GovernmentΓÇÖs Merging of Office Space Could Hinder Services & Staff
For many years businesses operating out of serviced offices have enjoyed the benefit of having access to office space that is both cost effective and appropriate in size to their requirements, but with government departments and an array of property heavy businesses engaged in a flurry of work and office space mergers – could the ability of their staff to work effectively be hindered?
While it is easy to understand the logic and financial intentions behind trimming / streamlining the cost of property by businesses and government departments, the impact of such changes also need to be considered.
Taking the serviced office market as an example, the amount of space per person is based on a per workstation rate. The amount of space assigned to an individual workstation does of course vary depending upon the individual provider, but normally ranges from between 60 ΓÇô 75 sq. ft.
For anyone who has visited a modern serviced office it is likely they would agree that such an allowance works well and provides a great balance between effective workspace and staff comfort.
In the case of the UK government, the current target for workspace allowance is 10 square meters per person (around 107 Sq. Ft.). Based on the success of the serviced offices model it would appear that savings and efficiencies are certainly possible without degrading the quality of the working environment for their employees.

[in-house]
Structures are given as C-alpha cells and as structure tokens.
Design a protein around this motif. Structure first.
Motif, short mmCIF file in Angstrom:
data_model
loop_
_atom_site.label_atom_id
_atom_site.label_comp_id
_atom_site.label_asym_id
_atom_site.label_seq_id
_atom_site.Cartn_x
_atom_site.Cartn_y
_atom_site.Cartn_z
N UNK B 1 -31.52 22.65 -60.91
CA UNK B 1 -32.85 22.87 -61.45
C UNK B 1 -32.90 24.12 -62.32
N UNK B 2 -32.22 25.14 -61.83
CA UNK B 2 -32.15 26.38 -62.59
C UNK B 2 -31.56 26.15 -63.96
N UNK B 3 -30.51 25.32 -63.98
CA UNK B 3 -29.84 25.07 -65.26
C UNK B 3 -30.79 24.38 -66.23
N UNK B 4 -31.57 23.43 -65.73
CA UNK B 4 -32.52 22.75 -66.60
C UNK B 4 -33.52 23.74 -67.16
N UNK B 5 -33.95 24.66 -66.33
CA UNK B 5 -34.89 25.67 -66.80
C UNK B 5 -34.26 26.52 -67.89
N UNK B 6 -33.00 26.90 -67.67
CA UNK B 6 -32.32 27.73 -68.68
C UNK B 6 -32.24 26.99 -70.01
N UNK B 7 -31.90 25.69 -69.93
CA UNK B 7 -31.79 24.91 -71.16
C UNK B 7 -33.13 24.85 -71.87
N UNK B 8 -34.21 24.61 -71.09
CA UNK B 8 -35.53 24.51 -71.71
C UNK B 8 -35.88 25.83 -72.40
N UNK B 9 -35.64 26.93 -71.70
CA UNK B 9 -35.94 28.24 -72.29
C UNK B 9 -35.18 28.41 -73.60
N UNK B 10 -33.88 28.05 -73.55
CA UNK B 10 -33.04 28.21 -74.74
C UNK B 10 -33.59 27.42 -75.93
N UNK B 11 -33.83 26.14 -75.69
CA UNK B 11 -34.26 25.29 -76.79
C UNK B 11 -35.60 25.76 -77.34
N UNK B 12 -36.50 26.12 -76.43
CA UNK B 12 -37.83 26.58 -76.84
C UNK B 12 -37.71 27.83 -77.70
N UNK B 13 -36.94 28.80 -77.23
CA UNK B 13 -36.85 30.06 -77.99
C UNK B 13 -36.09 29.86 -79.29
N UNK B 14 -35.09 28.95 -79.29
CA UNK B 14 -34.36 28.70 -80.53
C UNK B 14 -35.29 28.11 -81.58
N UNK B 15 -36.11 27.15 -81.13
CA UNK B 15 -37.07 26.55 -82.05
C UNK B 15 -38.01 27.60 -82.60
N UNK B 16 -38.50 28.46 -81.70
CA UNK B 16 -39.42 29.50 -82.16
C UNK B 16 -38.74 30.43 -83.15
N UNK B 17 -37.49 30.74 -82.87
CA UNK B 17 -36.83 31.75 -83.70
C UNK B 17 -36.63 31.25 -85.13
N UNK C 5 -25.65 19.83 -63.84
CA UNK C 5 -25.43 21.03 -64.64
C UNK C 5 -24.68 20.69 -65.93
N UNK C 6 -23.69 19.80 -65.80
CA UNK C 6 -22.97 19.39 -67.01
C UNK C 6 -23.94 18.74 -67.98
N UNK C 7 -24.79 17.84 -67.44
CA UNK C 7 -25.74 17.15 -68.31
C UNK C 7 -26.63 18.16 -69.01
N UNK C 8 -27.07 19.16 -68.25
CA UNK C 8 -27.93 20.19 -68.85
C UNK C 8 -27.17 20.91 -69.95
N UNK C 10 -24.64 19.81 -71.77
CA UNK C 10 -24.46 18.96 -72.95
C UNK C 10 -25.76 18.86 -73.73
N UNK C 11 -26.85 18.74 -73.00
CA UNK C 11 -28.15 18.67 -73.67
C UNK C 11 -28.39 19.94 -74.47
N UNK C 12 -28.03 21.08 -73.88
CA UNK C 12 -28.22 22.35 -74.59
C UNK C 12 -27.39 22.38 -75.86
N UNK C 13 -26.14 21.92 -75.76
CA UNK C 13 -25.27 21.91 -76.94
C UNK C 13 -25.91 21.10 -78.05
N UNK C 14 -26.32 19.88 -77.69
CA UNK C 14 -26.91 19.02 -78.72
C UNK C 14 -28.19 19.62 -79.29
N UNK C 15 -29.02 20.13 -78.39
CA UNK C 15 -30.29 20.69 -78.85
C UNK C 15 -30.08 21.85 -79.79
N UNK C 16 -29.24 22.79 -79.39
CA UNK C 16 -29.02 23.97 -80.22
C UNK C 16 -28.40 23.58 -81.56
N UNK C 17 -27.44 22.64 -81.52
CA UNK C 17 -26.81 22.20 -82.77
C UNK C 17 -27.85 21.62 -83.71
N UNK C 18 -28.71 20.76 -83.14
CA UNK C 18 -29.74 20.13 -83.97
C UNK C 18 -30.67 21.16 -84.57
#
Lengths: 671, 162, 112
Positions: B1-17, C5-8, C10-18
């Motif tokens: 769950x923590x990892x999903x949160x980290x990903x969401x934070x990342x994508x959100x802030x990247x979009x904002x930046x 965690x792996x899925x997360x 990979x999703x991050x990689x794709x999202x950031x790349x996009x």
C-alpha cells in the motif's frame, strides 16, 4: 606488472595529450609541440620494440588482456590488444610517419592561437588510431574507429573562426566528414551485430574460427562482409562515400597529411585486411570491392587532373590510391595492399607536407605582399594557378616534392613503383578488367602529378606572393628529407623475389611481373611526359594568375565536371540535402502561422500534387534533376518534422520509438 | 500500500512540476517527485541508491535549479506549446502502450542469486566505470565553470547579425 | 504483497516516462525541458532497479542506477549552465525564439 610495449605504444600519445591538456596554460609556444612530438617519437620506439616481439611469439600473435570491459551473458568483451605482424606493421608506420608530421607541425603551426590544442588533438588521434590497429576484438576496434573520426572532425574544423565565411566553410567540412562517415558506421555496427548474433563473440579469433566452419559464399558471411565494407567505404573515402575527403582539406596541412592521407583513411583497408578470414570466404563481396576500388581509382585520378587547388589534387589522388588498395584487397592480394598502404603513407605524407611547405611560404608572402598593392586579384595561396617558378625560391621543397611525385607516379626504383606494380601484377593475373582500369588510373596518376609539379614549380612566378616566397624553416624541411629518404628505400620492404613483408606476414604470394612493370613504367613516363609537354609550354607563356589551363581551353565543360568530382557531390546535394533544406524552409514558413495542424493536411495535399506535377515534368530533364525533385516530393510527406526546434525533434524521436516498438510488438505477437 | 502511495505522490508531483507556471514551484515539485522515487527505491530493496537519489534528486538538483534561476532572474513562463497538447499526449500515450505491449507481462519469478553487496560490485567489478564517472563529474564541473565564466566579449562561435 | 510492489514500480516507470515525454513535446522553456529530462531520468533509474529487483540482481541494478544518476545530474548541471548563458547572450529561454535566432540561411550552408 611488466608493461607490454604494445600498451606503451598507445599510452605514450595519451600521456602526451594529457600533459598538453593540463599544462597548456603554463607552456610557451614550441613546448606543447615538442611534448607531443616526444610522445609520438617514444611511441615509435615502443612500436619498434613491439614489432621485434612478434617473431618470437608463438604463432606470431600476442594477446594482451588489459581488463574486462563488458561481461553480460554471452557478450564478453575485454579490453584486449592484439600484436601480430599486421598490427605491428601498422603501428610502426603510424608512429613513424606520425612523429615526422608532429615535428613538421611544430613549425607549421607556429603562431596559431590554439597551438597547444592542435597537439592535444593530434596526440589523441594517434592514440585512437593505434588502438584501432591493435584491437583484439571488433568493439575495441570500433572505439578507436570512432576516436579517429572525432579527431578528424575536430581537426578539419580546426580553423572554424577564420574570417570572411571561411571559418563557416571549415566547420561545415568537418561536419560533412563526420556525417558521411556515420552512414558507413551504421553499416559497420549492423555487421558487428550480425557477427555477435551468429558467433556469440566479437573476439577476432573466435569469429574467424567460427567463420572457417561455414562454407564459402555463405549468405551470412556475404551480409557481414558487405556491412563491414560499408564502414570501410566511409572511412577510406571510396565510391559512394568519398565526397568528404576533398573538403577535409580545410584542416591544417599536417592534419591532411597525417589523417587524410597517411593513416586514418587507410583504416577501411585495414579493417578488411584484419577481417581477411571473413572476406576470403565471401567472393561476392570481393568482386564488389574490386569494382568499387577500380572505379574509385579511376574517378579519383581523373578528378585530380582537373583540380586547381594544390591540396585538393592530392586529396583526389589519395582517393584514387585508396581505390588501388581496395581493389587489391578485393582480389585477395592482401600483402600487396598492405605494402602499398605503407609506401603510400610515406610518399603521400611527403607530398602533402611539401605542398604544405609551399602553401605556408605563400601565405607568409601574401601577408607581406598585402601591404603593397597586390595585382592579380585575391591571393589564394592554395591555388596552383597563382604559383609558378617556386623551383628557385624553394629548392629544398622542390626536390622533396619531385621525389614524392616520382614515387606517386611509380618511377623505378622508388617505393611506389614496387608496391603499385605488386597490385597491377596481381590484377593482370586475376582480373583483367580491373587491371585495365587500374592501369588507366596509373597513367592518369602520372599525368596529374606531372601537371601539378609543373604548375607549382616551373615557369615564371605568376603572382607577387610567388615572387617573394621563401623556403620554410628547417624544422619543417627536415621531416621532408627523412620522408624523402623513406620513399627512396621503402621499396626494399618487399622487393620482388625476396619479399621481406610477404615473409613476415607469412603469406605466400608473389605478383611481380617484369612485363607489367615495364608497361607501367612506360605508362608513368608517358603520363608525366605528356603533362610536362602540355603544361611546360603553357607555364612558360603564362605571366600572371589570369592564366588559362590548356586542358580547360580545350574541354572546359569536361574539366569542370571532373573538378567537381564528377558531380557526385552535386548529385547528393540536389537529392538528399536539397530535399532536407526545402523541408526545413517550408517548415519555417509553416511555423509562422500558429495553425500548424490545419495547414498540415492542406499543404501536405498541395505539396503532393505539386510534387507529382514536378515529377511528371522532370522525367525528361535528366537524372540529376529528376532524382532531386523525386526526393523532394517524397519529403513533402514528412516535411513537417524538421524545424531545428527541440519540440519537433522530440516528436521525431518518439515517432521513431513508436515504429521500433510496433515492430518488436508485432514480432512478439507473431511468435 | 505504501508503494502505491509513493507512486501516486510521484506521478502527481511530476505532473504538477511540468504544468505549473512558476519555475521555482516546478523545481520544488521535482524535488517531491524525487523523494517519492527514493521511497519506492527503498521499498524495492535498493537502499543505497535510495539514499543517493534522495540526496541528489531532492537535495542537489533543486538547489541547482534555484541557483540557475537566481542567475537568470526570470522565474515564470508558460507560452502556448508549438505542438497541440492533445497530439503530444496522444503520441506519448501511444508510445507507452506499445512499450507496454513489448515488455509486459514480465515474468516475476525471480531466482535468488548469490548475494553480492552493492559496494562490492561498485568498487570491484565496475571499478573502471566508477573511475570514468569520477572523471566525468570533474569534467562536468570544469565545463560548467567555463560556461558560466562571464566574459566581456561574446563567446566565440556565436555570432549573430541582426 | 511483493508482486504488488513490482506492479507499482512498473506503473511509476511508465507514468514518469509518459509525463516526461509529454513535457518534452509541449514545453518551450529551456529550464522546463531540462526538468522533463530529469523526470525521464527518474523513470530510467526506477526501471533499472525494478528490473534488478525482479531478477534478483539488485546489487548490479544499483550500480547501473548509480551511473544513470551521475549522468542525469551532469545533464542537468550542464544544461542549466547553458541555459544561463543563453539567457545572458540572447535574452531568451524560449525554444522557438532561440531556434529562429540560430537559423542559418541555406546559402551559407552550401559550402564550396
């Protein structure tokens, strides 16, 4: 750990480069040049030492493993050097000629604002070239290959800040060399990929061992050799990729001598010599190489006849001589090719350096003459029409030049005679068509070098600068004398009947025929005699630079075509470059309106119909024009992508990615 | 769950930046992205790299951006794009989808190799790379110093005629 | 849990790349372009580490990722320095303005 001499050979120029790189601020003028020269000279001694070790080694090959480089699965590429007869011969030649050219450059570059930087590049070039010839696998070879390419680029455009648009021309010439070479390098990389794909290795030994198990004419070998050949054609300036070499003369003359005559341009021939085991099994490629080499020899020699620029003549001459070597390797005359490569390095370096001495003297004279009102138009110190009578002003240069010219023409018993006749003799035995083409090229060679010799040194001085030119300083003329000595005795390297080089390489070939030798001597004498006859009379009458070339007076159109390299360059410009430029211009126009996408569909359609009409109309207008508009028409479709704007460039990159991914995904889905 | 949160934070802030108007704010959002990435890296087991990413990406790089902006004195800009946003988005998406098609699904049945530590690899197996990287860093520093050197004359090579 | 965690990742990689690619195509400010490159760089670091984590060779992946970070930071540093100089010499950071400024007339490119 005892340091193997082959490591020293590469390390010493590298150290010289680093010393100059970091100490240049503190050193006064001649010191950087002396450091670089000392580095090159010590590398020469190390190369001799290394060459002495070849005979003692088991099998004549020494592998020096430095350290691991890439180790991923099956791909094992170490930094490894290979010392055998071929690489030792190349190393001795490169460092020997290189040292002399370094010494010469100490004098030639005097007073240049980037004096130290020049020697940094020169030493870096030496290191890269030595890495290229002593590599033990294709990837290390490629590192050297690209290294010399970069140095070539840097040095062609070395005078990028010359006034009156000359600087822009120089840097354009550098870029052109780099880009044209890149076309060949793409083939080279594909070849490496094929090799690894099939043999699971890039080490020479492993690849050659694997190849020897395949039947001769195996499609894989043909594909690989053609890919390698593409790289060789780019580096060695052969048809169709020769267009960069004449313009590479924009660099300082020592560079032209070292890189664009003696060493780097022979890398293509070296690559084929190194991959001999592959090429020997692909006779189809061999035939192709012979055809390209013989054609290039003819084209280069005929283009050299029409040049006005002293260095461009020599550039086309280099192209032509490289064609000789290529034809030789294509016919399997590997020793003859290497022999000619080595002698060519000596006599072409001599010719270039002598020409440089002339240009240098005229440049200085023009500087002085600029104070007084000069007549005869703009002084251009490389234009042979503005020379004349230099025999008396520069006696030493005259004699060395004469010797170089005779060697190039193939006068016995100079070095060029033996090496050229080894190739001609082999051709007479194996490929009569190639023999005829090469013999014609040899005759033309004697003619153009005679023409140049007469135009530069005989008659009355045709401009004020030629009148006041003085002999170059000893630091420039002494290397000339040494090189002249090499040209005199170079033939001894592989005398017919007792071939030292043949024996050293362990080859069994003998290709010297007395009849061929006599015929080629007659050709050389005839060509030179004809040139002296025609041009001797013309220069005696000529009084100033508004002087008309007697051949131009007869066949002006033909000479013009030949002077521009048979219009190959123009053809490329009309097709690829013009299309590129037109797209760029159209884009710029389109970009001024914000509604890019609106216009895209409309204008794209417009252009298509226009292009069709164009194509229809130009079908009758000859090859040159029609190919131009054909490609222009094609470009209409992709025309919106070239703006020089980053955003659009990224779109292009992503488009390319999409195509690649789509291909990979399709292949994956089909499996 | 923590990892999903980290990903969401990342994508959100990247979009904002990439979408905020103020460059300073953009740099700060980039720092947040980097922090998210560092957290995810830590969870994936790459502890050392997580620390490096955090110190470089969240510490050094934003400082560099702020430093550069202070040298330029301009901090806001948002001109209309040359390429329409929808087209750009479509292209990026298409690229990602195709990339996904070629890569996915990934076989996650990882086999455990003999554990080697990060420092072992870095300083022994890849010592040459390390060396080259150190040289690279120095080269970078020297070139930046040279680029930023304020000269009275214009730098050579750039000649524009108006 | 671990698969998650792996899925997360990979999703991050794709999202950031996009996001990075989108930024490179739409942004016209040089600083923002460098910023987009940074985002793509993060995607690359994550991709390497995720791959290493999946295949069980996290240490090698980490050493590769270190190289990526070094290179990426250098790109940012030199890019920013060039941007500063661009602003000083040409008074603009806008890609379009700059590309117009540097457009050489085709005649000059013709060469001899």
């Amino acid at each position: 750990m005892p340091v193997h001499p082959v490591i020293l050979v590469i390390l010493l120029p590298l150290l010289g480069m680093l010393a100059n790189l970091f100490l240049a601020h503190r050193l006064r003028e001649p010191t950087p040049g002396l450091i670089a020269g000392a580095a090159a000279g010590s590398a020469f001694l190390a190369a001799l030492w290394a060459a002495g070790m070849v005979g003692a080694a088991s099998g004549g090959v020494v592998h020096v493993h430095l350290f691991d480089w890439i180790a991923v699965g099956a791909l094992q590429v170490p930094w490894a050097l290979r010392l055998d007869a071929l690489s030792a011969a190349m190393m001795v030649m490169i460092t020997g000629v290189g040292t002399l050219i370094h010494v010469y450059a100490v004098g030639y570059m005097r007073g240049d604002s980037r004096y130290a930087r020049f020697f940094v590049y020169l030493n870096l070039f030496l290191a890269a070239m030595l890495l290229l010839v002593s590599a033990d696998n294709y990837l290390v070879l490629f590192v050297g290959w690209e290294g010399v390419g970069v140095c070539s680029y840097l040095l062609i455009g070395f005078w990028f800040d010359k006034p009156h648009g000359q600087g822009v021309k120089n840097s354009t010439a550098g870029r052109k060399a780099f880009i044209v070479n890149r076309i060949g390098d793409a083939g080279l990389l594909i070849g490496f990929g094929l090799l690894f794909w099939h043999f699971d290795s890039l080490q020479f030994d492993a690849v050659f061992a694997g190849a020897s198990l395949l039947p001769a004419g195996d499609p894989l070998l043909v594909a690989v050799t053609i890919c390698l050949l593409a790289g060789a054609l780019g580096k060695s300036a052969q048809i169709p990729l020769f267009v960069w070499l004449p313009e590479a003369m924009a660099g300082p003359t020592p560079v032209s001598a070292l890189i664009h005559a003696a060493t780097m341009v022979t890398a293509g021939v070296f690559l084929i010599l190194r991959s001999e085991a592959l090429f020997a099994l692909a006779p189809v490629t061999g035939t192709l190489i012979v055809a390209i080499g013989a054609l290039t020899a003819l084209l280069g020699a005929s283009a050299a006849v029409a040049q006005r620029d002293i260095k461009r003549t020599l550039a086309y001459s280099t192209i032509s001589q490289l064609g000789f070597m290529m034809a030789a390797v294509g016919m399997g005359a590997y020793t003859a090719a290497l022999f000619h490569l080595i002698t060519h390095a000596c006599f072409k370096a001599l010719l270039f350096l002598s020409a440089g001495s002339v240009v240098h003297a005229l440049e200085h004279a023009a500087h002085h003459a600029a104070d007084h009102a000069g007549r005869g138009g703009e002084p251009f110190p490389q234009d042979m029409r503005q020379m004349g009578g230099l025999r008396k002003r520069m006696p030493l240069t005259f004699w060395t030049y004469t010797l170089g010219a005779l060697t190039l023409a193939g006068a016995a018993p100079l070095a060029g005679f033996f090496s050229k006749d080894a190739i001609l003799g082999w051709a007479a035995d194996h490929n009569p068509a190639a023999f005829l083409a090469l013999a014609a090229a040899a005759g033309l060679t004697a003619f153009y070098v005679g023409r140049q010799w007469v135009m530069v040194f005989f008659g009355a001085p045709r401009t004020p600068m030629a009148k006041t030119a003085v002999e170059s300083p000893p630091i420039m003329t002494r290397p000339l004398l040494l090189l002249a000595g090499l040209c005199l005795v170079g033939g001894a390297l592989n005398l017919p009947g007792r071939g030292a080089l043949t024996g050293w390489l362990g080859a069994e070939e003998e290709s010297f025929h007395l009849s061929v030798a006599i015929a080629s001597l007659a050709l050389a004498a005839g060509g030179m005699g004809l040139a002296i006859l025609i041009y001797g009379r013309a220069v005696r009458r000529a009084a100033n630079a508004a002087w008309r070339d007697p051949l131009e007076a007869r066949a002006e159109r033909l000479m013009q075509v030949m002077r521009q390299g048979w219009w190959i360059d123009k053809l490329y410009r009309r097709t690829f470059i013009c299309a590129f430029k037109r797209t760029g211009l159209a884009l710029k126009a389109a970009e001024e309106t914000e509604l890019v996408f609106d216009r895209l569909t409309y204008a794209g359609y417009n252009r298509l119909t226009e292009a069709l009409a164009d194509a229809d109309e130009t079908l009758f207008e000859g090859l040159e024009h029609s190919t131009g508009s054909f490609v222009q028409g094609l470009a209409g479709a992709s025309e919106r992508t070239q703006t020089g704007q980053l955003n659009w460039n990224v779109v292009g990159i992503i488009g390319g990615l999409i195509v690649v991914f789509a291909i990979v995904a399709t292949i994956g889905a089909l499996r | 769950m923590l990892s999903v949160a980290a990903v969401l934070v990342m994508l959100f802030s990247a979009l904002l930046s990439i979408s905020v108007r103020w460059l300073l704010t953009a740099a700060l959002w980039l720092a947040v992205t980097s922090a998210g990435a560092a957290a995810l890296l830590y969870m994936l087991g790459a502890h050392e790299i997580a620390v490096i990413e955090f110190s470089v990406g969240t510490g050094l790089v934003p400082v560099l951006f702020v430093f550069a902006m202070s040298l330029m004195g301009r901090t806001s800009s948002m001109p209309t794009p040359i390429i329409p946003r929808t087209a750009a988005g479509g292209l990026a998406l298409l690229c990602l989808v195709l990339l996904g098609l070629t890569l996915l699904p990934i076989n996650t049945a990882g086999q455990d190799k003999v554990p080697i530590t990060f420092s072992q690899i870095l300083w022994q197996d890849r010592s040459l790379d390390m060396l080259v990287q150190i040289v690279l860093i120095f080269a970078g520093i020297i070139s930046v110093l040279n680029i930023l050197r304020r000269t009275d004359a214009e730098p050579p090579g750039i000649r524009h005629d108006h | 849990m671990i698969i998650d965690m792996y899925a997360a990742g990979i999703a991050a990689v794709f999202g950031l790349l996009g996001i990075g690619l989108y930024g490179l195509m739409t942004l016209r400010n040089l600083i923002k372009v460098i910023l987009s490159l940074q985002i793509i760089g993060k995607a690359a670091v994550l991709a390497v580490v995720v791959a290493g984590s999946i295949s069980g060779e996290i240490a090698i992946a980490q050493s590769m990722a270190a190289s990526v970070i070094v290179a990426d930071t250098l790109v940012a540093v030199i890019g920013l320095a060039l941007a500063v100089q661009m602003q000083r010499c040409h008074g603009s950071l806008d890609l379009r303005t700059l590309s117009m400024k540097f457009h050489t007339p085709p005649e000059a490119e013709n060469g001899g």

But in the event that this drive to cut-costs becomes a dogmatic pursuit of reducing the bottom line, and workspace allowance were to fall even further, the welfare of the workforce affected could be dealt a mortal wound. More importantly the integrity of the system to which they belong could become undermined and ineffective ΓÇô negating the push for efficiency that sits at the heart of such moves to rationalise office space use.
If anyone doubts the ability of the layout or quality of an office space to impact upon employees and their ability to work effectively, consider that research carried out by the Commission for Architecture and Built Environment and the British Council for Office has shown that something as simple a good lighting can reduce absenteeism by 15% and increase productivity by up to 20%.
The knowledge of such workspace dynamics are now actively incorporated by designers into new office space developments, but as it will be existing office buildings that will be becoming home to an increased number of staff in the case of the UK government, the absence of such design features could result in the working environment being degraded. If this is not addressed then the UK taxpayer could end up with a system that while costing less performs poorly ΓÇô a situation which would surely mean those behind the rationalisation had missed the point.